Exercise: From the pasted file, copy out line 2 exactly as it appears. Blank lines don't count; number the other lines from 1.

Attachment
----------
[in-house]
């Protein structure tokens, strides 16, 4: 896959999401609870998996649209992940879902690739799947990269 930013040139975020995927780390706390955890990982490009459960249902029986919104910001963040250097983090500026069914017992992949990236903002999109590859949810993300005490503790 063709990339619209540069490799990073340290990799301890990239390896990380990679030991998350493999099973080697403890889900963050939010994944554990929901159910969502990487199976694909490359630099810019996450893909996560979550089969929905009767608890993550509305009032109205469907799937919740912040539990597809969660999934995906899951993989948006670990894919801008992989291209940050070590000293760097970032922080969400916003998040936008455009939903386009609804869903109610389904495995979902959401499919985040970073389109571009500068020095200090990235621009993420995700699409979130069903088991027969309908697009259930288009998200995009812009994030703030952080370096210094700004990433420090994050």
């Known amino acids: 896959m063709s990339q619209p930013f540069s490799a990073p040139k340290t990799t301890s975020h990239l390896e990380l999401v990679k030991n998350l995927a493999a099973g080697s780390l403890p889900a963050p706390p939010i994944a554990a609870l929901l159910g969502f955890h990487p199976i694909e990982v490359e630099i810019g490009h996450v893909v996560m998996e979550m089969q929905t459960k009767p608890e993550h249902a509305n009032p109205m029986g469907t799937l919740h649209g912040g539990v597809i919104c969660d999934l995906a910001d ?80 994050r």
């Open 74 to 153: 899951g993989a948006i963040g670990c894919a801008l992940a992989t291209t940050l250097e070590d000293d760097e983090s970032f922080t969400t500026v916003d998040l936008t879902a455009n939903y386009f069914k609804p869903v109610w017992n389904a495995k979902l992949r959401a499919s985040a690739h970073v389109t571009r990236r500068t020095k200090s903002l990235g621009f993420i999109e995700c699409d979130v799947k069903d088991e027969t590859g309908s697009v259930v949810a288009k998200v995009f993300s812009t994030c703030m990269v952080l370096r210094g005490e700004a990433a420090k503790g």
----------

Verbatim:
């Protein structure tokens, strides 16, 4: 896959999401609870998996649209992940879902690739799947990269 930013040139975020995927780390706390955890990982490009459960249902029986919104910001963040250097983090500026069914017992992949990236903002999109590859949810993300005490503790 063709990339619209540069490799990073340290990799301890990239390896990380990679030991998350493999099973080697403890889900963050939010994944554990929901159910969502990487199976694909490359630099810019996450893909996560979550089969929905009767608890993550509305009032109205469907799937919740912040539990597809969660999934995906899951993989948006670990894919801008992989291209940050070590000293760097970032922080969400916003998040936008455009939903386009609804869903109610389904495995979902959401499919985040970073389109571009500068020095200090990235621009993420995700699409979130069903088991027969309908697009259930288009998200995009812009994030703030952080370096210094700004990433420090994050």